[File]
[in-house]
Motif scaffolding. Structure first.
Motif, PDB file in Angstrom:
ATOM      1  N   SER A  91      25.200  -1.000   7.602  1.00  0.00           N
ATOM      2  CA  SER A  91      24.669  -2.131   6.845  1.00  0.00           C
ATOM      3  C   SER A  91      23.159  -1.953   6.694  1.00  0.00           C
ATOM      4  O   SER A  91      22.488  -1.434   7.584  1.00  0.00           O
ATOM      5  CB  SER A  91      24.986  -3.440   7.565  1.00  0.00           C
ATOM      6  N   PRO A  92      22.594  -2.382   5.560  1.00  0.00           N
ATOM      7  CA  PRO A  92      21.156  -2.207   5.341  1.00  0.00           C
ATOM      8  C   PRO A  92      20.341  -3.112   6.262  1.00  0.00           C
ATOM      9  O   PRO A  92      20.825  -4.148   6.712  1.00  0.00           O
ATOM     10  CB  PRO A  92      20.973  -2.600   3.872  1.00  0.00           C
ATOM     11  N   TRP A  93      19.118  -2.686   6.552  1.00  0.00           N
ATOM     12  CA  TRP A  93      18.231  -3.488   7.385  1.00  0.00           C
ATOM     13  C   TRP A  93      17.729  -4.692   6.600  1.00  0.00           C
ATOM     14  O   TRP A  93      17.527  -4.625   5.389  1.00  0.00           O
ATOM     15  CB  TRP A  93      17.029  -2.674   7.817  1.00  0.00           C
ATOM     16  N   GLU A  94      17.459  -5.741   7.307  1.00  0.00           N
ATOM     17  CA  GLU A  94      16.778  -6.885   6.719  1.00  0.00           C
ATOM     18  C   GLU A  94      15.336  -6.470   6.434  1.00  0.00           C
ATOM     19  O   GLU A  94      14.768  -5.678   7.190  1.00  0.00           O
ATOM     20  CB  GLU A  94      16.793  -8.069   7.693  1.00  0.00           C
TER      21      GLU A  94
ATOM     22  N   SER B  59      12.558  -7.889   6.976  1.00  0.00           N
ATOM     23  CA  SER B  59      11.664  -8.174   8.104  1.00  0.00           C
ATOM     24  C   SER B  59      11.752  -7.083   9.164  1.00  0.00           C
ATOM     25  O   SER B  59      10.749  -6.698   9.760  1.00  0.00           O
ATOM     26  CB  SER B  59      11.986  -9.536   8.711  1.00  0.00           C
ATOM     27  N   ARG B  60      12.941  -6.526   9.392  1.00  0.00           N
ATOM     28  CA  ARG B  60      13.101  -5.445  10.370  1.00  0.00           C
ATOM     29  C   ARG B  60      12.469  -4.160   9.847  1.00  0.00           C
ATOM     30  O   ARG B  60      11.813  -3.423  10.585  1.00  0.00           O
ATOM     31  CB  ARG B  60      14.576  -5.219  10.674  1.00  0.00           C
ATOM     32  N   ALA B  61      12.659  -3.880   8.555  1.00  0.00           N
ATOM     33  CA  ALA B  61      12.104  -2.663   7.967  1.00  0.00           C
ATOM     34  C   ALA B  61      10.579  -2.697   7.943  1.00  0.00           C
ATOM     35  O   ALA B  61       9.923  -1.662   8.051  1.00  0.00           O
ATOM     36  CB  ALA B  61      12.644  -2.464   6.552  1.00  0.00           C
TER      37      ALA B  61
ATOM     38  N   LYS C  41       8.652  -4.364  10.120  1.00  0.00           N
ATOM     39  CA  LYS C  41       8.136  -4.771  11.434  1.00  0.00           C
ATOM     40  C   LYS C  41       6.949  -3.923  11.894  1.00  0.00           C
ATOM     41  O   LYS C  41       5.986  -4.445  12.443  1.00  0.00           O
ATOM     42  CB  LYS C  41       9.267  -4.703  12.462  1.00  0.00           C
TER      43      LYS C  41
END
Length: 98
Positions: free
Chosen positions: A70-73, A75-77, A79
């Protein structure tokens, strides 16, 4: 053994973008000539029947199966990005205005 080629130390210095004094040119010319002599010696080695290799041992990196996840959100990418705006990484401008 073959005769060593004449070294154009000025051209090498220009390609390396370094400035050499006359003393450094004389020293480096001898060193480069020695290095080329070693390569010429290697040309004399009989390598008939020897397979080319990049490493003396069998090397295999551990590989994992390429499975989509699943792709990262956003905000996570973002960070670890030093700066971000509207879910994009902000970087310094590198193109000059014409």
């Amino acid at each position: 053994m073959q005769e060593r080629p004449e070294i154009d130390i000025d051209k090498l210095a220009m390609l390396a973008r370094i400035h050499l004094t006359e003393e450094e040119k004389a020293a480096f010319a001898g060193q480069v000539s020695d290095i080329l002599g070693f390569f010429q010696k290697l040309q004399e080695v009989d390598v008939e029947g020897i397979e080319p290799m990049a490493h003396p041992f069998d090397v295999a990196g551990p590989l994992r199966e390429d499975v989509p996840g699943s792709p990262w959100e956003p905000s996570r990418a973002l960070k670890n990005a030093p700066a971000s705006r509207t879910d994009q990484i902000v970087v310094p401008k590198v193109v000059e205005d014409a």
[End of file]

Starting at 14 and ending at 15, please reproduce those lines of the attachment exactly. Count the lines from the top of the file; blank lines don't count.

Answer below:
ATOM     11  N   TRP A  93      19.118  -2.686   6.552  1.00  0.00           N
ATOM     12  CA  TRP A  93      18.231  -3.488   7.385  1.00  0.00           C